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Starting a new blog can be exhilarating, terrifying, and exhausting all at once. There are so many things to do to get your blog up and running, to build your audience and brand, and to grow your income from it. However, before you even start setting up your blog, there are a few things you should know about what it takes to be successful in this industry. After 6 years of trial and error in the blogging world, here are 15 things to know before starting a blog.

15 Useful Things to Know Before Starting A Blog

1. Blogging is not a “get rich quick” scheme.

If you’re into instant gratification (like I am), I’m here to break it to you that you probably won’t find it through blogging. All blogs are a long game, and no blog is profitable after one day. Some blogs aren’t even profitable after one year! But don’t let that discourage you. If you’re ready to put in the effort, the thought, the money, and the time it takes to cultivate an audience, then you WILL succeed.

2. You need to spend money to make money.

Blogging is one of those businesses that requires a relatively small upfront investment. This is GREAT because it makes this career accessible to almost anyone. With that said, the old business adage still comes into play – you need to spend money to make money.

You can seriously bootstrap your blogging efforts, but you need to understand that there are times when making a monetary investment is necessary for the growth of your business. For example, buying a domain name on GoDaddy and self hosting my website on SiteGround from the beginning made it MUCH easier to build traffic and monetize quickly.

Through six years of trial and error, I've learned that starting a blog comes with a lot of false expectations (especially for beginners!). In this post, I share the juicy bits of blogging advice and tips I've picked up through the last 6 years. If you want to start a blog as a business to make money, click through and read on for my juicy secrets! #Blogging #Entrepreneurship #Business

3. Observe, but don’t compare.

Theodore Roosevelt once said, “comparison is the thief of joy.” In blogging terms, comparison is actually the thief of success. By wasting time and energy comparing your blog, your brand, and your content to others, you’ll kill your productivity and feel absolutely miserable forever.

With that said, it is important to observe what your competitors are doing well, then apply those principles to your own site. Don’t flat-out copy people, but you can figure out conceptually how to implement those kinds of strategies using your own content and your own spin.

4. Readers make the best writers.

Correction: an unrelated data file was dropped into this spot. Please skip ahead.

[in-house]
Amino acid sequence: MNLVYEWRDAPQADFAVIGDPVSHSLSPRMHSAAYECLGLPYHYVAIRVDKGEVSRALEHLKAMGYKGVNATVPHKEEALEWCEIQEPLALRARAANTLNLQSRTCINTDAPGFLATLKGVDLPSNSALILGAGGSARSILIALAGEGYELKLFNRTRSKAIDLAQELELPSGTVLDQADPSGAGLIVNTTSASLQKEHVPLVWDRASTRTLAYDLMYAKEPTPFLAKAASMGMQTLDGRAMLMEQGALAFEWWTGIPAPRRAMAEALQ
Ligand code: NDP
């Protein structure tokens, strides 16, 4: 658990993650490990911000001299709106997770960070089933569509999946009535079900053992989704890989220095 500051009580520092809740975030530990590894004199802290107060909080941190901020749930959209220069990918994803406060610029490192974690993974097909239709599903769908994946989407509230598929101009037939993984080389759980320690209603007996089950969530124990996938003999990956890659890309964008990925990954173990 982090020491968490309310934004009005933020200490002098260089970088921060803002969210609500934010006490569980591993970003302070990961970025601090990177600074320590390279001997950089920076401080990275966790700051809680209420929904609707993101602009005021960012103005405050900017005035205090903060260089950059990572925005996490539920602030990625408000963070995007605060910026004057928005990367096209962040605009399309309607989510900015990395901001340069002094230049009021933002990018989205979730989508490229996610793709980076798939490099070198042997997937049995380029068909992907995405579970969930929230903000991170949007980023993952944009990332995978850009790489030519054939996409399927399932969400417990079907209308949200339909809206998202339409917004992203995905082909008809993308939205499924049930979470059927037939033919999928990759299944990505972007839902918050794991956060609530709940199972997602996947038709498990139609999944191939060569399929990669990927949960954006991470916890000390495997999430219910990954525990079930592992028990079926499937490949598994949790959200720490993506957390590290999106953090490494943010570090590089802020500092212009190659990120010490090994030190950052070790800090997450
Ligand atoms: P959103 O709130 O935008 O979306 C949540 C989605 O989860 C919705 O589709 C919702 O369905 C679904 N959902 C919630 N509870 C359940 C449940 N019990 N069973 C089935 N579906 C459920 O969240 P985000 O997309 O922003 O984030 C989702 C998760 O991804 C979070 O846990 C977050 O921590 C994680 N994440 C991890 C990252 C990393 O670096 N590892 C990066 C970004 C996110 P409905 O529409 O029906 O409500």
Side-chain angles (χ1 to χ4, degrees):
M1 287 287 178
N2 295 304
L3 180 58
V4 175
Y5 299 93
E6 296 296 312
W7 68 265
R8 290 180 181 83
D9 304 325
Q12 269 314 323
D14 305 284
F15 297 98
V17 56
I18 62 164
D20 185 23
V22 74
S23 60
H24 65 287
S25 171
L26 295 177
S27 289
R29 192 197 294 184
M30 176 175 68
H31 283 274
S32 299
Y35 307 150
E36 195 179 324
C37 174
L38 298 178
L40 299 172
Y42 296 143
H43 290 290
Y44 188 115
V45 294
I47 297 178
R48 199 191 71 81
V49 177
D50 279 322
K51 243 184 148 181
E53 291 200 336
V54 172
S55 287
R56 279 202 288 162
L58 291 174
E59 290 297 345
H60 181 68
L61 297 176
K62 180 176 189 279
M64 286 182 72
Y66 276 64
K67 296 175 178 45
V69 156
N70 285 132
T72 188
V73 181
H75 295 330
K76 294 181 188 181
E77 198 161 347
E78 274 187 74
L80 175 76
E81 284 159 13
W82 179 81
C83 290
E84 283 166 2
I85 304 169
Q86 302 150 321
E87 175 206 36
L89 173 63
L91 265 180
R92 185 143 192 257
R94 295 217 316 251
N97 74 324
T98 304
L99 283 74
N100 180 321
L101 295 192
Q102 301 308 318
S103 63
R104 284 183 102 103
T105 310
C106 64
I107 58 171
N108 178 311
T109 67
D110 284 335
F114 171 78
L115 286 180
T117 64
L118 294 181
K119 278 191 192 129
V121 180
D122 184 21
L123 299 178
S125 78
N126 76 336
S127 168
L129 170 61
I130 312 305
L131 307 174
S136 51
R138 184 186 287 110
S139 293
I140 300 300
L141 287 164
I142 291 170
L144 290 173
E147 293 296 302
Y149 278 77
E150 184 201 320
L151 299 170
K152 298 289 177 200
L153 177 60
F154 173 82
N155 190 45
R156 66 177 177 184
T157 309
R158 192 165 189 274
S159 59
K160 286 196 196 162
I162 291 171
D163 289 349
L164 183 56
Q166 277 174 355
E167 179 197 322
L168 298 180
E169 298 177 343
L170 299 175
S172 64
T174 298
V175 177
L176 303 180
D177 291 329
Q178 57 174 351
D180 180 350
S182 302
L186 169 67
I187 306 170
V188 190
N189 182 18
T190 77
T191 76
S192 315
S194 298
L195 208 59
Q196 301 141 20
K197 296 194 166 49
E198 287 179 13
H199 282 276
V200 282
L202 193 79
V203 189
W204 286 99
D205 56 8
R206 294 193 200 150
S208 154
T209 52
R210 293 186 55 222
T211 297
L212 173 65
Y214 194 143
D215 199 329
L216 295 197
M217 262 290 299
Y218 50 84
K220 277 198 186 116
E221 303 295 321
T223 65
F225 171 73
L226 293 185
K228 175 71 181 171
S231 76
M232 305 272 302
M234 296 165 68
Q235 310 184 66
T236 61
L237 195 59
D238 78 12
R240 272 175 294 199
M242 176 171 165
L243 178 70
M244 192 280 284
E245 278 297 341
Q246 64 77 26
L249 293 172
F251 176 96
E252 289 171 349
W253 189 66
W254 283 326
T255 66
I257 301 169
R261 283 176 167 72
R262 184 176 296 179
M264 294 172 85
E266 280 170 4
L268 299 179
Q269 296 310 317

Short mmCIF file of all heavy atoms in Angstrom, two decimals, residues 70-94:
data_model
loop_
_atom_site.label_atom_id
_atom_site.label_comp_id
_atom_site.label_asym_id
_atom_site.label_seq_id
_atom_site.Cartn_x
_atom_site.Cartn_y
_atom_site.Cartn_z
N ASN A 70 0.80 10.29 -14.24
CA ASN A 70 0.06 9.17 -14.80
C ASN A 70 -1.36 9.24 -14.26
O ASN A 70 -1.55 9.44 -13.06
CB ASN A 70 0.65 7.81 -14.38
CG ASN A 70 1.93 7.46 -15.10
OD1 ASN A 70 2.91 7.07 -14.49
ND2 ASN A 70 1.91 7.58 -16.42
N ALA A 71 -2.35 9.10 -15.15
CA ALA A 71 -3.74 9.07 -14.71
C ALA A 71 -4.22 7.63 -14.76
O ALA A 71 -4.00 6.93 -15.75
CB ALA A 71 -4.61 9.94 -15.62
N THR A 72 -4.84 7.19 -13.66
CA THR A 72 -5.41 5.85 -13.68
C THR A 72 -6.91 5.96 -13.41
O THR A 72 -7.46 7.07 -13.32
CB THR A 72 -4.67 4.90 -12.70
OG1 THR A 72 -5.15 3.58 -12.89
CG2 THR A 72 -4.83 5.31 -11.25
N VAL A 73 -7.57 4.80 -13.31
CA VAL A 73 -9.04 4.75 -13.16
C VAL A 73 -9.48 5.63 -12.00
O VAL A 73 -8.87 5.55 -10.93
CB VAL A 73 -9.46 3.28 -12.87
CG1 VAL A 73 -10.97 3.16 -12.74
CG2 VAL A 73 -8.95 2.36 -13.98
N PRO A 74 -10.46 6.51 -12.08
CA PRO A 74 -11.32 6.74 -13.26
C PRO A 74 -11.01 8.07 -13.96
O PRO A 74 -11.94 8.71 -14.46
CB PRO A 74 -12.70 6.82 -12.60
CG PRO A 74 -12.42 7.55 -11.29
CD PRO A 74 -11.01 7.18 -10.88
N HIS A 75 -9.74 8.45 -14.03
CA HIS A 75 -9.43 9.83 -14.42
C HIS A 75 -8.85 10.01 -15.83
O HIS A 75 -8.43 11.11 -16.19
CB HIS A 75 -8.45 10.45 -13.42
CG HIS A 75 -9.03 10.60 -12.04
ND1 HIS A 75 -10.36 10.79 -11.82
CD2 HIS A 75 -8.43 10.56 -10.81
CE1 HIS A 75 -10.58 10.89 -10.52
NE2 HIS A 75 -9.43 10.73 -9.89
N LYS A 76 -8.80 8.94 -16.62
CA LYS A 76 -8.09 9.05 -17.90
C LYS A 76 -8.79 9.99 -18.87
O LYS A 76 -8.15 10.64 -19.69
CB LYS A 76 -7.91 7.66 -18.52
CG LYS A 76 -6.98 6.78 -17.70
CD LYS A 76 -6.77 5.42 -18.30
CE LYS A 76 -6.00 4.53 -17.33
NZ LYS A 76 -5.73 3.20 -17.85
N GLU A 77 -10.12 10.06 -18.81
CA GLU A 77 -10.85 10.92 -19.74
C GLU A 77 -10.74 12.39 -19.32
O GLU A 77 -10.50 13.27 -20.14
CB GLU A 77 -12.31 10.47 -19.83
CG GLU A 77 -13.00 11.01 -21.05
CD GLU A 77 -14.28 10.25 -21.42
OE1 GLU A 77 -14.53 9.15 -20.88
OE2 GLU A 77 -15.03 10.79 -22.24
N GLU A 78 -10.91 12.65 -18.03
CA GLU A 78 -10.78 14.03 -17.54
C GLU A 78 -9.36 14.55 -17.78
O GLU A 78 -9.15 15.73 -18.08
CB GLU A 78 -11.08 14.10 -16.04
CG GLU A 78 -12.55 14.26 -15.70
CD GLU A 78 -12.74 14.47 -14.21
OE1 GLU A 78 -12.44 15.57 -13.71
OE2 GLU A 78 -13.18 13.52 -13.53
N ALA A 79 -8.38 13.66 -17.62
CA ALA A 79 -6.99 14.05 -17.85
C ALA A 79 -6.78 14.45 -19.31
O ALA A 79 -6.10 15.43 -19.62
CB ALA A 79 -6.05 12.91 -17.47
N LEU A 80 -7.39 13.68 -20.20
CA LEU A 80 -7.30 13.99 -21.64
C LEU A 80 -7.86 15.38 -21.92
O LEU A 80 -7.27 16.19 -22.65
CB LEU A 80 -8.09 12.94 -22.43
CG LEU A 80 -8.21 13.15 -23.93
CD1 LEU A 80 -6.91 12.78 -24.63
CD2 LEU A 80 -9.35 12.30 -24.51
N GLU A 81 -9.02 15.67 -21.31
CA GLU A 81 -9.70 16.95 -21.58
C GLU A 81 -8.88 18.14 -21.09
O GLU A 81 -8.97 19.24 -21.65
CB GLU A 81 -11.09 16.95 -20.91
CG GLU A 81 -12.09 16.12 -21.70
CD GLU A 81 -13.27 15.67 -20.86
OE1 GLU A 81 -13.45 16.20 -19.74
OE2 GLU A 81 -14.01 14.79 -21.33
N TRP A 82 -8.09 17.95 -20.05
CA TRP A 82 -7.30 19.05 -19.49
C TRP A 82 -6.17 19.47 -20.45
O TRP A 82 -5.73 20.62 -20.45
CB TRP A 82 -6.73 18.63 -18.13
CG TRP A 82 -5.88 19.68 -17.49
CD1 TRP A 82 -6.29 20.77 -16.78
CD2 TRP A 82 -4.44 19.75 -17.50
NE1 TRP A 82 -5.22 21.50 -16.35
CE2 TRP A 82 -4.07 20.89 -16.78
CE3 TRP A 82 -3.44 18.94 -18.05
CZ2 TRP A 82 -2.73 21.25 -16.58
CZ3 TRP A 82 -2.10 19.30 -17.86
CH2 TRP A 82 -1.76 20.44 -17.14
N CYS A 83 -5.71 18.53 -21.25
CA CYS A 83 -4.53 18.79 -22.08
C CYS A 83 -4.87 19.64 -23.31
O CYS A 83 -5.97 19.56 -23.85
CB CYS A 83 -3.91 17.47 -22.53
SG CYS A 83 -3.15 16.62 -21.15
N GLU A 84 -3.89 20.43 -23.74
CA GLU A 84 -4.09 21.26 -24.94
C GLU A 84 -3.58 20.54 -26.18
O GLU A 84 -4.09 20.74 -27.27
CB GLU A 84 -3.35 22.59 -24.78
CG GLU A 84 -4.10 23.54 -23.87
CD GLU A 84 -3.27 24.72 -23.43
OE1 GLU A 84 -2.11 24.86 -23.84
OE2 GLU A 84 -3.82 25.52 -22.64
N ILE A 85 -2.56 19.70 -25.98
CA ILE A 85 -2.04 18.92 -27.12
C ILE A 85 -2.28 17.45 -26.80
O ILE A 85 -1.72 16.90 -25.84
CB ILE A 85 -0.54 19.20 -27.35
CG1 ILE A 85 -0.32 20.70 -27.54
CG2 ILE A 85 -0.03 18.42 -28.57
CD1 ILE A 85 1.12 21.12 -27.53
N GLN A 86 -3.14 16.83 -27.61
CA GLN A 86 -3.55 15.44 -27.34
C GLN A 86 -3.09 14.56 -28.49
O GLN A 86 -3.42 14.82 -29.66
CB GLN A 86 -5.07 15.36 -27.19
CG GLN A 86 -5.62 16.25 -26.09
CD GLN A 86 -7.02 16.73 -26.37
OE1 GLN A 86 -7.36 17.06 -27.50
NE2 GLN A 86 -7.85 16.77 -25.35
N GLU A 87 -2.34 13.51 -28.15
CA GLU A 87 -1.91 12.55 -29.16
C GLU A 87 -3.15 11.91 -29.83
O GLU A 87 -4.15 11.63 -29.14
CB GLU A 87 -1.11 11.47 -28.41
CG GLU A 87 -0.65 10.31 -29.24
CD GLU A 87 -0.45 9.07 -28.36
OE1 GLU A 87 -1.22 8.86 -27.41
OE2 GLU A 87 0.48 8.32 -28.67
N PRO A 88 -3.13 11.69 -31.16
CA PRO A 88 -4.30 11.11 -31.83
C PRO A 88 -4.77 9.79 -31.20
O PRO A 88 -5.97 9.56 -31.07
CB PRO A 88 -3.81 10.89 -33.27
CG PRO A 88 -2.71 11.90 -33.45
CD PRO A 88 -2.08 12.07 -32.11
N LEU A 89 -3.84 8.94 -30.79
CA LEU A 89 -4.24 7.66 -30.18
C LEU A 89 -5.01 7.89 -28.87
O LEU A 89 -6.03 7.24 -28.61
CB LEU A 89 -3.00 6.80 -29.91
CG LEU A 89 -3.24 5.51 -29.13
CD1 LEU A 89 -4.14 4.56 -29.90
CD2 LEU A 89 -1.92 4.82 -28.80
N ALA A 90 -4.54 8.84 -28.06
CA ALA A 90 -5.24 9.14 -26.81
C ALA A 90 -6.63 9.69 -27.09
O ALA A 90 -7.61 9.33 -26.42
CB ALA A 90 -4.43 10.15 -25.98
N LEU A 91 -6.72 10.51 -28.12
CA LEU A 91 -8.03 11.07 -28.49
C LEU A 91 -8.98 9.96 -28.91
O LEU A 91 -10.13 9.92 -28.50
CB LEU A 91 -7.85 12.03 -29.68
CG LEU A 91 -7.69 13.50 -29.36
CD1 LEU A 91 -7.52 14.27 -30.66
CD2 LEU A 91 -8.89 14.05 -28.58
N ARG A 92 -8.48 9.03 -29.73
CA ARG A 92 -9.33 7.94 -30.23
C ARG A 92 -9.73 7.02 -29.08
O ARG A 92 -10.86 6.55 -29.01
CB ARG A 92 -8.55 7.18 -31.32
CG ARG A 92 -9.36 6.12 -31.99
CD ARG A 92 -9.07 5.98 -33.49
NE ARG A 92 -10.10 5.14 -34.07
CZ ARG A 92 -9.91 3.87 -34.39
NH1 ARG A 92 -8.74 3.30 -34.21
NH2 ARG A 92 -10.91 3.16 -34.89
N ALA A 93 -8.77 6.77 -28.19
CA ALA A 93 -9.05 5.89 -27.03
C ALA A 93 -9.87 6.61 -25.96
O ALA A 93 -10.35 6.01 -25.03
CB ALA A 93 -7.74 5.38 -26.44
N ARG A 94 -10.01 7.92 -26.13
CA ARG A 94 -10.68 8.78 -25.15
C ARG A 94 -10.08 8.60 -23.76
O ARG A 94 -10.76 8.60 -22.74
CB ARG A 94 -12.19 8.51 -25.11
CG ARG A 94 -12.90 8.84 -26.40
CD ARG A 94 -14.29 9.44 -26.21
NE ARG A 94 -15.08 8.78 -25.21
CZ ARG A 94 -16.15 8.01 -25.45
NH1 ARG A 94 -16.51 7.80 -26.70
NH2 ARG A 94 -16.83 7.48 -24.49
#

In order to continuously improve your writing and develop your own voice, it’s really important to read. Reading is the ultimate teacher of writing, and it’s critical that you read other blogs, articles, and books to get a feel for style and effective communication. After a while, you’ll quickly be able to identify what you think are good articles versus crap ones.

I use the Pocket app to download offline versions of articles, posts, etc. that I want to save and read later. By doing this, I make sure I spend at least a little bit of time each day reading content. Some of it is “helpful” content, on growing an audience or building a business. But some of it is human interest stories, news sound bites, and short fiction. By reading tons of different writing styles, I’ve learned exactly what resonates with me and what doesn’t, and how I can tailor my own writing to that theme. Which brings me to my next point…

5. Do everything you can to stand out.

I recently read a fantastic article on Medium on how to write phenomenal blog posts in a very saturated market. Give it a read, it’s a refreshingly honest look at what it takes to write in a way that stands out.

It’s true, there are millions of blogs out there on basically every topic imaginable, but there are few that make it to monetization level and even fewer that can replace a full-time income.

If you want my advice: Have a voice and an opinion. Be confident. Bring your unique experiences and expertise to the table. Because NO ONE can be you, and that’s the best way to stand out from the crowd.

Also, make sure you proofread every post.

Stand out like this orange in a sea of lemons.

6. Take breaks often.

Like any job, you need to make sure you practice some self-care and take breaks from your work. (I say this as I’ve been sitting in a cafe in Munich for 8 hours straight working on this blog…but you know what I mean…) It’s SO easy to get burnout from running your own business, even if it’s something you love doing.

Whether you go out for a walk, meet a friend for coffee, or meditate for 15 minutes, breaks are essential to a healthy and thriving blogging career. When you take care of yourself, you’ll be fresh and ready to rock your blog on any day of the week.

7. You need to constantly be ready to pivot.

With algorithm changes that happen seemingly every single day, you need to be watching your analytics and social media stats regularly to ensure that you aren’t left for dead because of them. Watch the media news closely, join blogging Facebook groups, and be ready to pivot your strategy if you find that you are losing traction due to platform or algorithm changes.

8. Don’t spread yourself too thin (especially on social media).

It seems like these days there are a million different platforms you could join to promote your content. Of course, there are the big fish like Facebook and Instagram. However, there are also smaller or more niche yet impactful websites that can also drive significant traffic, like Quora and Reddit. But don’t get sucked into trying to manage EVERY platform that exists.